Average Weather in San Martín Colombia
The climate in San Martín is hot, oppressive, and overcast. Over the course of the year, the temperature typically varies from 74°F to 95°F and is rarely below 70°F or above 101°F.
Average High and Low Temperature
The figure below shows you a compact characterization of the entire year of hourly average temperatures. The horizontal axis is the day of the year, the vertical axis is the hour of the day, and the color is the average temperature for that hour and day.
Average Hourly Temperature
In San Martín, the average percentage of the sky covered by clouds experiences significant seasonal variation over the course of the year.
The clearer part of the year in San Martín begins around December 9 and lasts for 3.3 months, ending around March 18. On January 13, the clearest day of the year, the sky is clear, mostly clear, or partly cloudy 32% of the time, and overcast or mostly cloudy 68% of the time.
The cloudier part of the year begins around March 18 and lasts for 8.7 months, ending around December 9. On May 6, the cloudiest day of the year, the sky is overcast or mostly cloudy 94% of the time, and clear, mostly clear, or partly cloudy 6% of the time.
Cloud Cover Categories
A wet day is one with at least 0.04 inches of liquid or liquid-equivalent precipitation. The chance of wet days in San Martín varies significantly throughout the year.
The wetter season lasts 8.2 months, from March 30 to December 4, with a greater than 35% chance of a given day being a wet day. The chance of a wet day peaks at 57% on October 5.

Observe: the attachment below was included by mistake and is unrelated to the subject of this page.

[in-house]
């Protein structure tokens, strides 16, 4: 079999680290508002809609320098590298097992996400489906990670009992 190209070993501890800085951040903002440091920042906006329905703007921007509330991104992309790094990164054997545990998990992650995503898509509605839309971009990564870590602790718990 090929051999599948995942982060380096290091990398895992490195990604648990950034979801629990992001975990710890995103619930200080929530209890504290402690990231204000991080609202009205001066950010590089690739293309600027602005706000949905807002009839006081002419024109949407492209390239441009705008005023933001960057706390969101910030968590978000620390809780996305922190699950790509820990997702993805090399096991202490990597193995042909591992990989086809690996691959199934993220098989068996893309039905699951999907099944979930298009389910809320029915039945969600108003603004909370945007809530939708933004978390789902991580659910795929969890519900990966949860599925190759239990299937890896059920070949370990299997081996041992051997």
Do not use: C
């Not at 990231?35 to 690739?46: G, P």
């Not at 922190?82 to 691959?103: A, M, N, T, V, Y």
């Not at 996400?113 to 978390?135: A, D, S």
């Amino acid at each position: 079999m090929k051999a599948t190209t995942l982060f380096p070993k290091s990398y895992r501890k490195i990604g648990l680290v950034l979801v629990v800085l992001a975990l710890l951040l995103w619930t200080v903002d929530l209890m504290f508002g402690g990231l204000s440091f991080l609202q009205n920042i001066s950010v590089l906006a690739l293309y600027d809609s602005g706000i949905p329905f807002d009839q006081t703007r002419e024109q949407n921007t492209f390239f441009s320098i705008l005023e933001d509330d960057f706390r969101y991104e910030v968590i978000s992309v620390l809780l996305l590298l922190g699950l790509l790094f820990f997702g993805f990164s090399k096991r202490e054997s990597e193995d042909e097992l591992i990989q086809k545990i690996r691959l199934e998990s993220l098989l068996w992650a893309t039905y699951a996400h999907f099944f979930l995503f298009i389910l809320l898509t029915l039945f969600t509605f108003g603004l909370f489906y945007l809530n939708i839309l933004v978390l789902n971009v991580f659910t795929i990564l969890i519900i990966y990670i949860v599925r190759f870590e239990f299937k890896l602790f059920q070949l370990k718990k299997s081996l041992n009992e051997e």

The drier season lasts 3.8 months, from December 4 to March 30. The smallest chance of a wet day is 13% on January 20.
Among wet days, we distinguish between those that experience rain alone, snow alone, or a mixture of the two. Based on this categorization, the most common form of precipitation throughout the year is rain alone, with a peak probability of 57% on October 5.
Daily Chance of Precipitation
To show variation within the months and not just the monthly totals, we show the rainfall accumulated over a sliding 31-day period centered around each day of the year. San Martín experiences extreme seasonal variation in monthly rainfall.
Rain falls throughout the year in San Martín. The most rain falls during the 31 days centered around October 12, with an average total accumulation of 5.4 inches.
The least rain falls around January 13, with an average total accumulation of 1.0 inches.
Average Monthly Rainfall
The length of the day in San Martín does not vary substantially over the course of the year, staying within 35 minutes of 12 hours throughout. In 2017, the shortest day is December 21, with 11 hours, 40 minutes of daylight; the longest day is June 20, with 12 hours, 35 minutes of daylight.
Hours of Daylight and Twilight